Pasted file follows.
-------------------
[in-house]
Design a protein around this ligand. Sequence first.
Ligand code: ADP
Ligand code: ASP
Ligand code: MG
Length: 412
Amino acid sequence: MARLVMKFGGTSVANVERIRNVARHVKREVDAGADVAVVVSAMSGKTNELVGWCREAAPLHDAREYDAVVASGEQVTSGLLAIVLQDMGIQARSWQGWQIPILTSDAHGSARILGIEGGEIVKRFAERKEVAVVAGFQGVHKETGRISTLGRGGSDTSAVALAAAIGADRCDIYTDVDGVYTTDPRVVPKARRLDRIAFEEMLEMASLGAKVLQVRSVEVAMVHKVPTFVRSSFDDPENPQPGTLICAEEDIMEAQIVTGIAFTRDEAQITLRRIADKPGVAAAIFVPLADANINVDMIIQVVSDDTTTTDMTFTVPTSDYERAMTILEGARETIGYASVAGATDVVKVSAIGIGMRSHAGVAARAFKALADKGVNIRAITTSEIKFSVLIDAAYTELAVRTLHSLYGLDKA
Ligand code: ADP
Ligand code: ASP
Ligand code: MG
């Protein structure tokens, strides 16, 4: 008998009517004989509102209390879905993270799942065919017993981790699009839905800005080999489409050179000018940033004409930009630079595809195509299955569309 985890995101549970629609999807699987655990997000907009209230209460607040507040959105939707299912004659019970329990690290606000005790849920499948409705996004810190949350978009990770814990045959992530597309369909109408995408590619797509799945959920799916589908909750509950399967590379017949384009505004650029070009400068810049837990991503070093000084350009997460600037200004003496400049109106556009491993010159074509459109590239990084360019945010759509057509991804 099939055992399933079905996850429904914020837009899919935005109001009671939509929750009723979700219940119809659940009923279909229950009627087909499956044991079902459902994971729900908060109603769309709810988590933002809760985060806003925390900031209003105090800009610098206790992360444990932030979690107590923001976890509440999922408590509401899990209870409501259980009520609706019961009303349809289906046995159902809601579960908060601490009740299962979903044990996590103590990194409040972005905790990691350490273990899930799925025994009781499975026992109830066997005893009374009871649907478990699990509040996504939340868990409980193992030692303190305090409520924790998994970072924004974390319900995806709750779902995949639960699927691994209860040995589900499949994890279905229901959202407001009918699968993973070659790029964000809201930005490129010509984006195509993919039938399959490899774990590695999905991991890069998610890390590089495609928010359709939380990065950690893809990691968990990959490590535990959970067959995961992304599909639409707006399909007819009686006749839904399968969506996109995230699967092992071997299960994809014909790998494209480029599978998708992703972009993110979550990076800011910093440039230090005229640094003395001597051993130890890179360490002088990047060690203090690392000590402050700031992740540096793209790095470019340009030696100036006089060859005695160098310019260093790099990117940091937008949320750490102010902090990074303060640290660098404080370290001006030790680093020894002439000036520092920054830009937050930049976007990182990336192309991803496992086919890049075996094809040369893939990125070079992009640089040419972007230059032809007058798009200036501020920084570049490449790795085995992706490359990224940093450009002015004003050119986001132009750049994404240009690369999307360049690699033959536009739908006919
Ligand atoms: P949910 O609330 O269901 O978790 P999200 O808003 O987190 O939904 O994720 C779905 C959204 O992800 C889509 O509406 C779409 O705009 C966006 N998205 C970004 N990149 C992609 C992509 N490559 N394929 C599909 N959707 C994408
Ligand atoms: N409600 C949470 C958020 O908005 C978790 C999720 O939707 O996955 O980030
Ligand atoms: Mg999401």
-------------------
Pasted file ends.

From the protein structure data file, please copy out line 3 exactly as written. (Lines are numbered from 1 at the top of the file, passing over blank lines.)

Ligand code: ADP